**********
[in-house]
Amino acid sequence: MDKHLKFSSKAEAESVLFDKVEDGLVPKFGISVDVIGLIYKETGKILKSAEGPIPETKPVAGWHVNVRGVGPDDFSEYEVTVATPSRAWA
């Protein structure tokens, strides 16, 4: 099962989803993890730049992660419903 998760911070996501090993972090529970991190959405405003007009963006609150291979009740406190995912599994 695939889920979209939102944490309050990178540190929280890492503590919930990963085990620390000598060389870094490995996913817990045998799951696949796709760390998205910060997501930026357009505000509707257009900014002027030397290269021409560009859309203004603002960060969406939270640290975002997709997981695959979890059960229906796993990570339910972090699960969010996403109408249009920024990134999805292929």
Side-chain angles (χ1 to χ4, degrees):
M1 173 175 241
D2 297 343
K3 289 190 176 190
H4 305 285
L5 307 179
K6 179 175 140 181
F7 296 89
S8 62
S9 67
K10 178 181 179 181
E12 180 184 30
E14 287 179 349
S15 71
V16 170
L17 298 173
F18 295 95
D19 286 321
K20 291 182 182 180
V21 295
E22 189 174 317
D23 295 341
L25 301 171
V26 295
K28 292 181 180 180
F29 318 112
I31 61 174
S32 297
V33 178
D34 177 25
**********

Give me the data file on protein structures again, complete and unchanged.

[in-house]
Amino acid sequence: MDKHLKFSSKAEAESVLFDKVEDGLVPKFGISVDVIGLIYKETGKILKSAEGPIPETKPVAGWHVNVRGVGPDDFSEYEVTVATPSRAWA
């Protein structure tokens, strides 16, 4: 099962989803993890730049992660419903 998760911070996501090993972090529970991190959405405003007009963006609150291979009740406190995912599994 695939889920979209939102944490309050990178540190929280890492503590919930990963085990620390000598060389870094490995996913817990045998799951696949796709760390998205910060997501930026357009505000509707257009900014002027030397290269021409560009859309203004603002960060969406939270640290975002997709997981695959979890059960229906796993990570339910972090699960969010996403109408249009920024990134999805292929």
Side-chain angles (χ1 to χ4, degrees):
M1 173 175 241
D2 297 343
K3 289 190 176 190
H4 305 285
L5 307 179
K6 179 175 140 181
F7 296 89
S8 62
S9 67
K10 178 181 179 181
E12 180 184 30
E14 287 179 349
S15 71
V16 170
L17 298 173
F18 295 95
D19 286 321
K20 291 182 182 180
V21 295
E22 189 174 317
D23 295 341
L25 301 171
V26 295
K28 292 181 180 180
F29 318 112
I31 61 174
S32 297
V33 178
D34 177 25